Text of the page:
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Ethiopians, before the decade was out, were promised sugar and fertilizer factories and power-generating dams. The most highly anticipated, by virtue of endless advertising bordering on propaganda, was the Grand Ethiopian Renaissance Dam (GERD).     


Successive editions of plans for growth, dubbed Growth & Transformation Plans (GTPs), were launched 10 years ago, putting an emphasis on public infrastructure financing both to stimulate the economy and provide the foundation for an economy led by the manufacturing sector. Ethiopians, before the decade was out, were promised sugar and fertilizer factories and power-generating dams. The most highly anticipated, by virtue of endless advertising bordering on propaganda, was the Grand Ethiopian Renaissance Dam (GERD).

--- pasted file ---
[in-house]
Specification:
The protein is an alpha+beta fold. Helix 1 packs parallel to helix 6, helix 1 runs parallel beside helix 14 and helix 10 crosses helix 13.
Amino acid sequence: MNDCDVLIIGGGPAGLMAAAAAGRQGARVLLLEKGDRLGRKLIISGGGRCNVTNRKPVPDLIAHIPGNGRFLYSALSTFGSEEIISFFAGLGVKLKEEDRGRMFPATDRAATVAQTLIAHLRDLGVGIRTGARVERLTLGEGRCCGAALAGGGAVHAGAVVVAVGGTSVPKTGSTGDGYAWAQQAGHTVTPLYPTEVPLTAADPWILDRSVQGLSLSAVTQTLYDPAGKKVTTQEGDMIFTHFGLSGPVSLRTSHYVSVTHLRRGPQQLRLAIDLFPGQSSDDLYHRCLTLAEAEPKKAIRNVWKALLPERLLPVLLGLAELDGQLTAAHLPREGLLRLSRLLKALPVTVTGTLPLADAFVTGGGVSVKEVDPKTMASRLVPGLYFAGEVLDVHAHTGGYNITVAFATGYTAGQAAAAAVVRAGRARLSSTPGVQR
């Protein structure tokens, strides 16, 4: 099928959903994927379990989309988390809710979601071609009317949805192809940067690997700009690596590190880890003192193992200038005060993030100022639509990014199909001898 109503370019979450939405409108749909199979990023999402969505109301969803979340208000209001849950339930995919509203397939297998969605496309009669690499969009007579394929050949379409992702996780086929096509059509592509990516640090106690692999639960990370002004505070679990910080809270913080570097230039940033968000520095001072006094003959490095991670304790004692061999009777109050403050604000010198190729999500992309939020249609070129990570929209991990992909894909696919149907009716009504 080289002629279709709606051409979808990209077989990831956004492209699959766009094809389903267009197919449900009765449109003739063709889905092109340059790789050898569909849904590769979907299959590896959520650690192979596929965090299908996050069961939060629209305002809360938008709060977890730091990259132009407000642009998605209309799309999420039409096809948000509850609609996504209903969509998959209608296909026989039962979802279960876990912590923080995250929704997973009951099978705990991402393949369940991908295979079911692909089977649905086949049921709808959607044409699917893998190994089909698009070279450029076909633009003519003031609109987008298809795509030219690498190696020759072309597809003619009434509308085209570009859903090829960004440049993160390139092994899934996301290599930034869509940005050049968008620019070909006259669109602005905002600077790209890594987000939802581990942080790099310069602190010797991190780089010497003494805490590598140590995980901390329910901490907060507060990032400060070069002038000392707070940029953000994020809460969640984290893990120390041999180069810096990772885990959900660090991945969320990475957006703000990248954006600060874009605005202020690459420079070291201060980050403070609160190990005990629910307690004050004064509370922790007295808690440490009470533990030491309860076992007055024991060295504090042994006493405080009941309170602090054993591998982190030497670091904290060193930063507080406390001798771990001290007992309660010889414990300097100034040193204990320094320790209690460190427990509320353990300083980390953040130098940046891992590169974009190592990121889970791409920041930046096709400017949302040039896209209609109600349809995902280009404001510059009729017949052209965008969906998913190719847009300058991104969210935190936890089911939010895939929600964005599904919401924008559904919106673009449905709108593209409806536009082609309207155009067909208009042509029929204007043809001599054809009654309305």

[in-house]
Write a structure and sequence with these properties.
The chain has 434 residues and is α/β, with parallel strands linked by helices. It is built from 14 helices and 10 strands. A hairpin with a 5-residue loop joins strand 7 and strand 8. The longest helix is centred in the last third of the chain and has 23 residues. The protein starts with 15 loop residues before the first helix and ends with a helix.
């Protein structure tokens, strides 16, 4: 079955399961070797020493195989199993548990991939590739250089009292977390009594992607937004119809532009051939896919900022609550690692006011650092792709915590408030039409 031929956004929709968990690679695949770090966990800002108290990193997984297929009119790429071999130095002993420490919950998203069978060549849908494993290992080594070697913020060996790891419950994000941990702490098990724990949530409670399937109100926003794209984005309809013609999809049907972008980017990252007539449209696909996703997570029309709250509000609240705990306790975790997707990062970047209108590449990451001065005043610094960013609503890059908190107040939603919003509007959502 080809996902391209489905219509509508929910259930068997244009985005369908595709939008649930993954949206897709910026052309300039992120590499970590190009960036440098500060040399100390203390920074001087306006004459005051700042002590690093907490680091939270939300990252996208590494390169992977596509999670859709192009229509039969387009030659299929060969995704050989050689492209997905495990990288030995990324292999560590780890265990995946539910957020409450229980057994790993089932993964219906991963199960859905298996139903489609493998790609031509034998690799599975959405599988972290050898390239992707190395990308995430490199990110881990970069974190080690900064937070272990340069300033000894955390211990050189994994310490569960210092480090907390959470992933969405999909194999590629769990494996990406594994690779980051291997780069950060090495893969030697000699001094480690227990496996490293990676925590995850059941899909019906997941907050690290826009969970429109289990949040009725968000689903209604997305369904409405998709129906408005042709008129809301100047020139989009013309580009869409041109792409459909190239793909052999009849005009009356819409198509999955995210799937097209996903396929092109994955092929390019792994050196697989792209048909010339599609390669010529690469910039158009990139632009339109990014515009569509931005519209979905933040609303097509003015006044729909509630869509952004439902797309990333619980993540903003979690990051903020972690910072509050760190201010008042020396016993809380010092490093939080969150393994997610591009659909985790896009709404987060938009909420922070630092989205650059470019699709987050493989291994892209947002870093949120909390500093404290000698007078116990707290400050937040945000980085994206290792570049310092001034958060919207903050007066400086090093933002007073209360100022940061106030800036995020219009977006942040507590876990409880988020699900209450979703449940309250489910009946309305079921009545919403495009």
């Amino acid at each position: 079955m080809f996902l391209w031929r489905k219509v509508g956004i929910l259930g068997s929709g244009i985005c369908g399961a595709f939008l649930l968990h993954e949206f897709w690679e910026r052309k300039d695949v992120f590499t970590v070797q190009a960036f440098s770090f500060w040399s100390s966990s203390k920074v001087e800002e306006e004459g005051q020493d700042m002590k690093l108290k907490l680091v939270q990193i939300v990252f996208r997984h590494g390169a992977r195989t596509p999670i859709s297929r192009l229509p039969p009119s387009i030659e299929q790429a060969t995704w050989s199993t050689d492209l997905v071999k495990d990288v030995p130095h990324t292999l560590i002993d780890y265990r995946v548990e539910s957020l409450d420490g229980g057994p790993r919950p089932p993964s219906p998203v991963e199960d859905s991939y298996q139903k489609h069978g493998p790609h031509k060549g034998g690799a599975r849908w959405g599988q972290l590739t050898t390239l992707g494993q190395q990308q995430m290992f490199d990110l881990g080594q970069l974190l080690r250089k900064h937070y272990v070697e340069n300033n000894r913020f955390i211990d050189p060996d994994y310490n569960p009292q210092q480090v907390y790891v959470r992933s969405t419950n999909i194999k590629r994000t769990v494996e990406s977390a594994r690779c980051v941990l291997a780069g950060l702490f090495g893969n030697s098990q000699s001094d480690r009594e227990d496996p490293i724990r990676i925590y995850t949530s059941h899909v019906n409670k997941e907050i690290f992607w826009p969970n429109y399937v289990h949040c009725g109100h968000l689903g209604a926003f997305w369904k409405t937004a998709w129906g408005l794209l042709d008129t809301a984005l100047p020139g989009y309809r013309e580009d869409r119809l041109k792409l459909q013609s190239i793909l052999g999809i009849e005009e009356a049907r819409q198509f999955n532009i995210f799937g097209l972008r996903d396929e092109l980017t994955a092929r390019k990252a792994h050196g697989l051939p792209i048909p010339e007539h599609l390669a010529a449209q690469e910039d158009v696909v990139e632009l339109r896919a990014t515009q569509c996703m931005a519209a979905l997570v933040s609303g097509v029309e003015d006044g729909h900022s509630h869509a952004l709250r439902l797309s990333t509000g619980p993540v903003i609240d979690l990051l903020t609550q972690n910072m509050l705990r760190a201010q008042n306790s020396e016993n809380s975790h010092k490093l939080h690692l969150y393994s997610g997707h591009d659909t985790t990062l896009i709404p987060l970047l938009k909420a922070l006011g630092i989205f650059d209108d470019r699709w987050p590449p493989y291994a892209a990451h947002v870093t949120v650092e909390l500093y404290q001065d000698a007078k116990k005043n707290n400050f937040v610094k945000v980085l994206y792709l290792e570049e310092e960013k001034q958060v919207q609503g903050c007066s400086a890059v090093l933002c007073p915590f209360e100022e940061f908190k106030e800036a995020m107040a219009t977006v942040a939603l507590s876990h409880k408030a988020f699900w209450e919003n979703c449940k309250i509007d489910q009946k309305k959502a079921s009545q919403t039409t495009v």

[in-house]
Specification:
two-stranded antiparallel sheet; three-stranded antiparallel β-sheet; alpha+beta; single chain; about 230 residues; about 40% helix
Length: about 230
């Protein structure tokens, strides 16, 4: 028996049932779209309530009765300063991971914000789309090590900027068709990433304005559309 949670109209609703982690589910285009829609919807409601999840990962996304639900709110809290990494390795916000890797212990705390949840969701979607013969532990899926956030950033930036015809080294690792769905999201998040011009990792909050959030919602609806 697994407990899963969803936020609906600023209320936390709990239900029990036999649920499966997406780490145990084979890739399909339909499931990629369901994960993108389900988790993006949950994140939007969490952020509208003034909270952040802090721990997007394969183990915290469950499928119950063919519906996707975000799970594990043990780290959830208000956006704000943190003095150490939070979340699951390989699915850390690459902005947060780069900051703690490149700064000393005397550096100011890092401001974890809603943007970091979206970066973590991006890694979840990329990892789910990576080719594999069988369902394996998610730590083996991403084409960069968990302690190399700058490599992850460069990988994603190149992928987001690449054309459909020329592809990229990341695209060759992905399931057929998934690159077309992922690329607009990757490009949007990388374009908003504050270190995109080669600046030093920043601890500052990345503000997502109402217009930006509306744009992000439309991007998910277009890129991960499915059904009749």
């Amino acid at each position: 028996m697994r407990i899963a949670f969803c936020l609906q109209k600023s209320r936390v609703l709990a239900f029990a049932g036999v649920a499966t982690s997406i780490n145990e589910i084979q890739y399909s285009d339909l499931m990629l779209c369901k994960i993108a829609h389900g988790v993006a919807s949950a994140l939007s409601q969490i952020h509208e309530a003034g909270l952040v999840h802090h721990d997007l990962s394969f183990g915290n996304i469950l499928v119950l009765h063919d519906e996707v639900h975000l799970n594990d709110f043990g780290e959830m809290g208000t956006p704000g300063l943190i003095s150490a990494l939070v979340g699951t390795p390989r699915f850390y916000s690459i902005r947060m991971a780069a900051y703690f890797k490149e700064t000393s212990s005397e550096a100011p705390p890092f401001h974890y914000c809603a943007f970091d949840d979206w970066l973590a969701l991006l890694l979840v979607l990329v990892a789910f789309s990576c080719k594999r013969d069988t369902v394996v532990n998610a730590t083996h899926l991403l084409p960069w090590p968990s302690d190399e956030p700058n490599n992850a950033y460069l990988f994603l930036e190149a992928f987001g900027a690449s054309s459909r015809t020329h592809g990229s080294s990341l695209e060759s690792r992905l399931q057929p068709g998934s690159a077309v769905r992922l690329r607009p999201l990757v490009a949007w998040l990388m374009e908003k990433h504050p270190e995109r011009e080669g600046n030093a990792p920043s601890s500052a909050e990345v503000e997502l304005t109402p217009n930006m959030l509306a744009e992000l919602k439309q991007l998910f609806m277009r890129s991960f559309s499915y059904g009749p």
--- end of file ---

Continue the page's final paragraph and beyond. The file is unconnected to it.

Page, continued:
The decade instead ended with the Ethiopian government promising not to commence new mega projects until those still undergoing construction, including the GERD, are finalised. Saddled with external debt that has risen to over a third of the GDP and several projects having gone ludicrously over budget, it has become painfully obvious that placing cornerstones is far more complicated than cutting ribbons. And cutting ribbons is always a more pleasant experience when the project is concluded on time, within the targeted budget and delivers all the services it was promised it would.






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